I could sense a marked difference with the friendliness of the Pamir people; everyone I passed waved at me – it was nice. Young girls would even drop whatever they were carrying (usually water jugs) to wave. Every time I stopped, even though I thought no-one was around, I would soon be surrounded by interested looking locals who appeared to climb out of the trees.
Just past Alichur there was one of many routine police/army check-points; they have a long, porous border to patrol with Afghanistan, and an estimated 20% of Afghanistan’s opiate and heroin production seeps through daily.
I got to the National Park junction early: straight on for the lakes, or left for the Wakhan Valley. I decided to take the Wahkan Valley turn-off, eager to see if it lived up to all the hype I’d heard.
The Wakhan Valley
The Wakhan Valley turn-off is a rubble road just past Alichur which splits off from the main (surfaced) Pamir Highway (or M41) and heads south across the Khargush Pass and down into the Wakhan Valley (it was the last I’d see tarmac for 2 days). This part of the road follows the Tajik/Afgan border for over 200km to Ishkashim, before heading north to Khorog and rejoining the M41. From the rave reviews I’d had from other travellers, it sounded too good to miss.
The rubble road of the Khargush Pass passed a couple of small lakes which looked great from a distance, but the green and red water didn’t look too inviting for swimming as I got closer.
Then, after another check-point, I met the Pamir River and finally swung west into the Wakhan Valley.
Although the road was sand and gravel, I thought it was OK, until I became too complacent and almost slipped off the road on a deep, sandy corner. That’s when I bumped into (not literally, thankfully) a big Swede called Gibson on his Yamaha Ténéré 750 coming the other way. He told me fuel wasn’t a problem for the rest of the way, and so I relaxed.
Even so, on the downhill stretches I continued to switch the engine off. Now I was doing it because I liked it; it made a nice change to freewheel down a beautiful mountain with nothing but the sound of the wind in my flowing golden locks. Now I knew how the cyclists felt, although I had the best of both worlds, as I could motor up the hills 🙂
Note: Coasting downhill with the engine switched off can be dangerous, as you have no immediate engine power to get yourself out of trouble, should you need it (but it was a risk I took, and I went slowly).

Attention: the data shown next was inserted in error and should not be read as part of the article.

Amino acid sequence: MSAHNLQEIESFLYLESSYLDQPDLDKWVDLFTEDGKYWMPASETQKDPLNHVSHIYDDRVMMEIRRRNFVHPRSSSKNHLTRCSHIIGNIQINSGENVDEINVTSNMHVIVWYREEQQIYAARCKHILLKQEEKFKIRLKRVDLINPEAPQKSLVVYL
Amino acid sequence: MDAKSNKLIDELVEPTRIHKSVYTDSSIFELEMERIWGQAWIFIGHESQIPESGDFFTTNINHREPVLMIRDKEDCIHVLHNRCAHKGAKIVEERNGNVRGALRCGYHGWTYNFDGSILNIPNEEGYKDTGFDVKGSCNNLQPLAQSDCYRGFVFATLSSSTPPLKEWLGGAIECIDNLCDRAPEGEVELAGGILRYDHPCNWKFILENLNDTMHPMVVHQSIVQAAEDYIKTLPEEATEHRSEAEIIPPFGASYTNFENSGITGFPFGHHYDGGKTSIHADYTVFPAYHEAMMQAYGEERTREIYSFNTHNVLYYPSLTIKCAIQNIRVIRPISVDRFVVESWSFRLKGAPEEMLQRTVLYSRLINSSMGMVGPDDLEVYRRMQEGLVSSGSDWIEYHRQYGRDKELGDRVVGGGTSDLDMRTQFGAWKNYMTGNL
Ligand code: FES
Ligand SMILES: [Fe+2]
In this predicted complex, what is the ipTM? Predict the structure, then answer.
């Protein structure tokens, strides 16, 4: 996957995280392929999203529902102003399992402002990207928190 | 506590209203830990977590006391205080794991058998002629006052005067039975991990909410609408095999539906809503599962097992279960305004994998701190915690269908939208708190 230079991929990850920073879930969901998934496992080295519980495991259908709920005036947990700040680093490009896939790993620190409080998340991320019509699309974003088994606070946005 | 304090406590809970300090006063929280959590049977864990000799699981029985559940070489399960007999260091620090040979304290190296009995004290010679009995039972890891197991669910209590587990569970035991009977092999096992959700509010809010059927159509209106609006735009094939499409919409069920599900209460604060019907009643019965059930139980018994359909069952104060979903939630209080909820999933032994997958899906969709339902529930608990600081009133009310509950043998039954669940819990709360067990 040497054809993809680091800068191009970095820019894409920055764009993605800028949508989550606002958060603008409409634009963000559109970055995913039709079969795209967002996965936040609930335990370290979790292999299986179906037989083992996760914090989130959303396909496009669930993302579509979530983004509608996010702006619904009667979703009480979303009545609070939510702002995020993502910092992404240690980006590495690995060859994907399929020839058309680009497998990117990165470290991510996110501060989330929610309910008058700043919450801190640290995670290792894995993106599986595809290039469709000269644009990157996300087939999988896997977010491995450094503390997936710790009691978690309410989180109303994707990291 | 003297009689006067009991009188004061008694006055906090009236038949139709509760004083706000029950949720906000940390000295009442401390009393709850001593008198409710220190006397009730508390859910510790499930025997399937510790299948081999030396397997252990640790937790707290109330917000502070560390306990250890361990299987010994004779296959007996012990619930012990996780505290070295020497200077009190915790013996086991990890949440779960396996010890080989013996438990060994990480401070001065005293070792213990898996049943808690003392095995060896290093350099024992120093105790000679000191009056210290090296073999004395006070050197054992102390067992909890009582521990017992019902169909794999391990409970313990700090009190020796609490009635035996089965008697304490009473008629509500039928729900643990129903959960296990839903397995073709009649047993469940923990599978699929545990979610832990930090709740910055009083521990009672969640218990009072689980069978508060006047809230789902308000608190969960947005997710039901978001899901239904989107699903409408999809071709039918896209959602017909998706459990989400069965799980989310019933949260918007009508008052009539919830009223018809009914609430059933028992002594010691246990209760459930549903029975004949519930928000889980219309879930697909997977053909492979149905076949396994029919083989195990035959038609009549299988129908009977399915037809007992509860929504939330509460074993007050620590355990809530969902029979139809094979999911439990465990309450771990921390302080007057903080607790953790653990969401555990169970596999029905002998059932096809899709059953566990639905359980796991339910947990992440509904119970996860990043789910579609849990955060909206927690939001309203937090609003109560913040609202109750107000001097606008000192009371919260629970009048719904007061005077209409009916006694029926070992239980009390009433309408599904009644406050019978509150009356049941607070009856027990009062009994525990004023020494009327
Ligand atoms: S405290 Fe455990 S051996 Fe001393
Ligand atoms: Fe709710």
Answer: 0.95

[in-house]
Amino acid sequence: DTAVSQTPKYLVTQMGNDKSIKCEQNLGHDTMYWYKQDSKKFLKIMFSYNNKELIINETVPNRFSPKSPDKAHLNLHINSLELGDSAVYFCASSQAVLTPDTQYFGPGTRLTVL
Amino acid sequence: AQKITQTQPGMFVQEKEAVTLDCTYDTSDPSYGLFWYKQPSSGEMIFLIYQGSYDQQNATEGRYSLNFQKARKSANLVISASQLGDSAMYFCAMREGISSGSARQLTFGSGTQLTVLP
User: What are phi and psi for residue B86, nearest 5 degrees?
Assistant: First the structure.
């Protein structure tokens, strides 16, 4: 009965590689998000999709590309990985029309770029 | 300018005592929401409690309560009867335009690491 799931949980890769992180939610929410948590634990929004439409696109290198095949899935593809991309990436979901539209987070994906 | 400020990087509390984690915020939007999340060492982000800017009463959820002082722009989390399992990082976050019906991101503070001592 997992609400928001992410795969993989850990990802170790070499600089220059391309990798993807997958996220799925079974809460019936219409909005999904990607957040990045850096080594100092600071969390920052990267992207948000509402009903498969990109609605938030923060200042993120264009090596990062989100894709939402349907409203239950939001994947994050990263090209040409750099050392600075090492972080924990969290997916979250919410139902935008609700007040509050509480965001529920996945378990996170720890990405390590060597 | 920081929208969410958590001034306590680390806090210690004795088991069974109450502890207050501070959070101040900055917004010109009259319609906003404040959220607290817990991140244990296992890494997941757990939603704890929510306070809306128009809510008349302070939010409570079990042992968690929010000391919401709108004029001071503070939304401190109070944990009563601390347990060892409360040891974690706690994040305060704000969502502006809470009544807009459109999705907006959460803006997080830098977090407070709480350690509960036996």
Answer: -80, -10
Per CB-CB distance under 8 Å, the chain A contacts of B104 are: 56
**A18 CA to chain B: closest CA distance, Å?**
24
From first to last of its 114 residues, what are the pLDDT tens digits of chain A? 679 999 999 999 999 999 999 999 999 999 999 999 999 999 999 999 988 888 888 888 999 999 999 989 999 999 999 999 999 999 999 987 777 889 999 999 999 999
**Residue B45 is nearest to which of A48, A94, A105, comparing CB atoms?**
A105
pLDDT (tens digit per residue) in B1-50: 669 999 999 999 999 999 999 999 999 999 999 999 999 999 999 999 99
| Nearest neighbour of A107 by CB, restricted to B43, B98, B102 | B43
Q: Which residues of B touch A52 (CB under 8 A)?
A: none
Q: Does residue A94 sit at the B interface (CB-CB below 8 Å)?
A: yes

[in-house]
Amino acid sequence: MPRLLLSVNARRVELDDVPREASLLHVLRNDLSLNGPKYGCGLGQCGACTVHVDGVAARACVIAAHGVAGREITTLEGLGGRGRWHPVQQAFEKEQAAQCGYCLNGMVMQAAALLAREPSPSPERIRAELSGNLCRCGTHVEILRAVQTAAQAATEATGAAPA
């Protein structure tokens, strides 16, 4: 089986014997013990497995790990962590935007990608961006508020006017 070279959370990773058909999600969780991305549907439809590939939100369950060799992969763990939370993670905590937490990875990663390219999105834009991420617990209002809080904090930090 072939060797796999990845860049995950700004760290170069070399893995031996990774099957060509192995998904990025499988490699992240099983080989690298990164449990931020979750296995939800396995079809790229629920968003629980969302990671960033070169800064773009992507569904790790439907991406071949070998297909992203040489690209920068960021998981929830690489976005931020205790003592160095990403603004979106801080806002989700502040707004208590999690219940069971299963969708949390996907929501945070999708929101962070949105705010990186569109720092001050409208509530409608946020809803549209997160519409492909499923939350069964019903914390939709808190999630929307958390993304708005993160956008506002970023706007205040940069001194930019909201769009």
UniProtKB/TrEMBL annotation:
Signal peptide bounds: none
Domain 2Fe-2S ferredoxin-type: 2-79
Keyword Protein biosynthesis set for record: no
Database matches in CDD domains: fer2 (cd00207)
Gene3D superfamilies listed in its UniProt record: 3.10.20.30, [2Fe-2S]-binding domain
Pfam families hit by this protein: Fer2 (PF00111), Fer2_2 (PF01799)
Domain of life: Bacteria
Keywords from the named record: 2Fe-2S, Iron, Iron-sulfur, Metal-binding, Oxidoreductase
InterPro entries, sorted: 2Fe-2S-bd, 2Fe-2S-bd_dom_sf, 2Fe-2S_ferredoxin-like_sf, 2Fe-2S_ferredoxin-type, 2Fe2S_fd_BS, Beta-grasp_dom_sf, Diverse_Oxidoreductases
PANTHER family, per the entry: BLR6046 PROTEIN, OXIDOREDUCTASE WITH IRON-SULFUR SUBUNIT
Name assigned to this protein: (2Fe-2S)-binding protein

The road followed the Pamir River southwest down a long hill until it met the Wakhan River at Langar. Here, the two rivers join to form the Panj River, which keeps running west along the Tajik/Afghan border. It was late afternoon so I decided to try and find a good spot to camp down by the river. Instead, I found myself wondering into a local ‘homestay’ owned by Mr Yodgor and his huge extended family. I was very pleased I did.
I had seen a couple of tents camped in Yodgor’s garden, so I asked him how much it was to camp.
“You’re too old to camp!” was his smart reply. “You can stay in my guest room and drink beer”.
Well, how could I argue against logic like that (especially for 8 quid, full board)?
Yodgor’s Homestay was the kind of place it was impossible to be anything other than extremely happy around. The hospitality showered by him and his family was completely natural and from the heart. The whole guest camp was a hive of activity, with Yodgor’s large family, friends, travellers, builders and loads of happy, playful kids running all around the place.
As ordered by Yodgar, I spent the rest of the afternoon & evening relaxing and drinking beer.
Later on, at dinner, I was joined by 2 cyclists; Josy from Germany and Solmaz from Iran. Both were great company; I always admire cyclists when I meet them, as I can imagine how tough and tiring it must be on the road all day/month/year (my bum goes numb on a cycle after 20 minutes!).
When Yodgor had run out of good (Russian) beer, we were forced to drink the local stuff, which may be cheap but tastes like it’s been filtered through old socks. It didn’t help that it was also warm, but never-the-less it was better than no beer (just), and a friendly local guide kept topping us up with free vodka chasers, which certainly helped.